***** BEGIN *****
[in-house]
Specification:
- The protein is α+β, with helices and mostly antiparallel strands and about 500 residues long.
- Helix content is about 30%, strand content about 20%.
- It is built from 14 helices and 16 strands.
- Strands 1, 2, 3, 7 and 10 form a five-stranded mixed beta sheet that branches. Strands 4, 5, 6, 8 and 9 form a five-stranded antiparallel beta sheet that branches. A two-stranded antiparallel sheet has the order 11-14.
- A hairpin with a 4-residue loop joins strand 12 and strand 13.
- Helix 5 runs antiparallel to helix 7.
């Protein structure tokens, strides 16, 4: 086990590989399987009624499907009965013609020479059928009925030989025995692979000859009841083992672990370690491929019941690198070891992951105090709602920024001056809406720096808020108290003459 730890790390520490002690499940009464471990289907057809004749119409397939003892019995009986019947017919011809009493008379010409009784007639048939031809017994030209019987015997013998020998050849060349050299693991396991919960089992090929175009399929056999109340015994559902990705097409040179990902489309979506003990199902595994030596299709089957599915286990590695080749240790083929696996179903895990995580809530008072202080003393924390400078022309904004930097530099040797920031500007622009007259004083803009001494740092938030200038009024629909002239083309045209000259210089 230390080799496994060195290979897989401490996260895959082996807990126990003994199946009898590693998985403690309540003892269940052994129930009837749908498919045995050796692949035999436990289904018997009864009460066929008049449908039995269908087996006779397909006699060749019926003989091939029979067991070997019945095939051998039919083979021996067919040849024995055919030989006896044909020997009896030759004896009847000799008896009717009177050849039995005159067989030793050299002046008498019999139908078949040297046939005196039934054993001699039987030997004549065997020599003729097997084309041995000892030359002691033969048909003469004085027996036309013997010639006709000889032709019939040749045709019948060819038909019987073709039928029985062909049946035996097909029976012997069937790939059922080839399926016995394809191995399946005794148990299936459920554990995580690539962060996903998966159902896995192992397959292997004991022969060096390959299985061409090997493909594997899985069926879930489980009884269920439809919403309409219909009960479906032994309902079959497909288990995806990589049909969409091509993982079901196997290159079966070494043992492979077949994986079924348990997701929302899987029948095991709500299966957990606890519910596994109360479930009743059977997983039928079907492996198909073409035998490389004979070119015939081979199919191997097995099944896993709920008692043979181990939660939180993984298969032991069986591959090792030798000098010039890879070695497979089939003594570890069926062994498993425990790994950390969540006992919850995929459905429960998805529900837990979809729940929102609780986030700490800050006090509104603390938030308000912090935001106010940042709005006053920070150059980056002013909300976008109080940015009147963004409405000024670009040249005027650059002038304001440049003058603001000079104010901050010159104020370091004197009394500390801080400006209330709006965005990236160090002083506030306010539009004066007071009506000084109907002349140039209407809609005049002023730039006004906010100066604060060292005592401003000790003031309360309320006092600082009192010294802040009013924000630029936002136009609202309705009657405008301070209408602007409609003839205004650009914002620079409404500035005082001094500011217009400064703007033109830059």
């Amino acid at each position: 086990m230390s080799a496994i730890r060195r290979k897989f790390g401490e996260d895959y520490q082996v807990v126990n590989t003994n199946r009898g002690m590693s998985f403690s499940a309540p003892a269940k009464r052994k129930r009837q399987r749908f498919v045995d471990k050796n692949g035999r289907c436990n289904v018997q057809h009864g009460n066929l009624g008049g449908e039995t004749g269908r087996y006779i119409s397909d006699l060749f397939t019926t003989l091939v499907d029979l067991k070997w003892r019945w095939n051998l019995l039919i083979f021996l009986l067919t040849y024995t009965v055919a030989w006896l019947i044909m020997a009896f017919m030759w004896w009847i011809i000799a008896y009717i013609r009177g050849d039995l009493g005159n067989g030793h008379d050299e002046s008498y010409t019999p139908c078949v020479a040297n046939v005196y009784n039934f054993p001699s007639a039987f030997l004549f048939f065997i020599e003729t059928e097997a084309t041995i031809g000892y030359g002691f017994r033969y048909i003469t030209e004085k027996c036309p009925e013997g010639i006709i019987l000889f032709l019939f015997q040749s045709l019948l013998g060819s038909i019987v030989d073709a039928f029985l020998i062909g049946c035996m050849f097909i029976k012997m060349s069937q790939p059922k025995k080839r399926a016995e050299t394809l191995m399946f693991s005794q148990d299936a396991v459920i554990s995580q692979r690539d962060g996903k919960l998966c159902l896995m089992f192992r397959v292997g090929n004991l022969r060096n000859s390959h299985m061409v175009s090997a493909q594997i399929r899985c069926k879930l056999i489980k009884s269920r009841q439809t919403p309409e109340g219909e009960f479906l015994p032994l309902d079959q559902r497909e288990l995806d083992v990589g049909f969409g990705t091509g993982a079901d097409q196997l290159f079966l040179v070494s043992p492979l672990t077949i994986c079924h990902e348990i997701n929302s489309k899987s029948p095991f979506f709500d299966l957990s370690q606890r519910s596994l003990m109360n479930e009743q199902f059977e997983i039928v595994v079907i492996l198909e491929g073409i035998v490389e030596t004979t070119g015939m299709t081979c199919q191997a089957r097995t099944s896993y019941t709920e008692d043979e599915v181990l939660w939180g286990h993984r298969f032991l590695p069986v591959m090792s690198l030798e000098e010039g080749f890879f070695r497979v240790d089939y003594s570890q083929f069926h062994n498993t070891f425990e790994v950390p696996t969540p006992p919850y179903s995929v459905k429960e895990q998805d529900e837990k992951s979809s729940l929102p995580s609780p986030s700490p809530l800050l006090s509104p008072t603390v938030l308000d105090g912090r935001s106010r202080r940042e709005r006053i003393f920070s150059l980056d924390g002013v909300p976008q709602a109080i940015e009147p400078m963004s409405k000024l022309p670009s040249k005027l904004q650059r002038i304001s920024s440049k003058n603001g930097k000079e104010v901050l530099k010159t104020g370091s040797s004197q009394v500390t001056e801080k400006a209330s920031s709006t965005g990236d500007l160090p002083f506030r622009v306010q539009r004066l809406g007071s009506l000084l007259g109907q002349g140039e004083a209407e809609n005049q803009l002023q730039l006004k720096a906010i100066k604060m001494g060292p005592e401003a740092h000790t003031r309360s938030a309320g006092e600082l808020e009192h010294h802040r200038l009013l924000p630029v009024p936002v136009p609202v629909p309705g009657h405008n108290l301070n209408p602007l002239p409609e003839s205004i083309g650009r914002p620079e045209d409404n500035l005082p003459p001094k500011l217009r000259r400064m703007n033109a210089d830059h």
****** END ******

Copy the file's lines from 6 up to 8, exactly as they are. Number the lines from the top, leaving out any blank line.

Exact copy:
- Strands 1, 2, 3, 7 and 10 form a five-stranded mixed beta sheet that branches. Strands 4, 5, 6, 8 and 9 form a five-stranded antiparallel beta sheet that branches. A two-stranded antiparallel sheet has the order 11-14.
- A hairpin with a 4-residue loop joins strand 12 and strand 13.
- Helix 5 runs antiparallel to helix 7.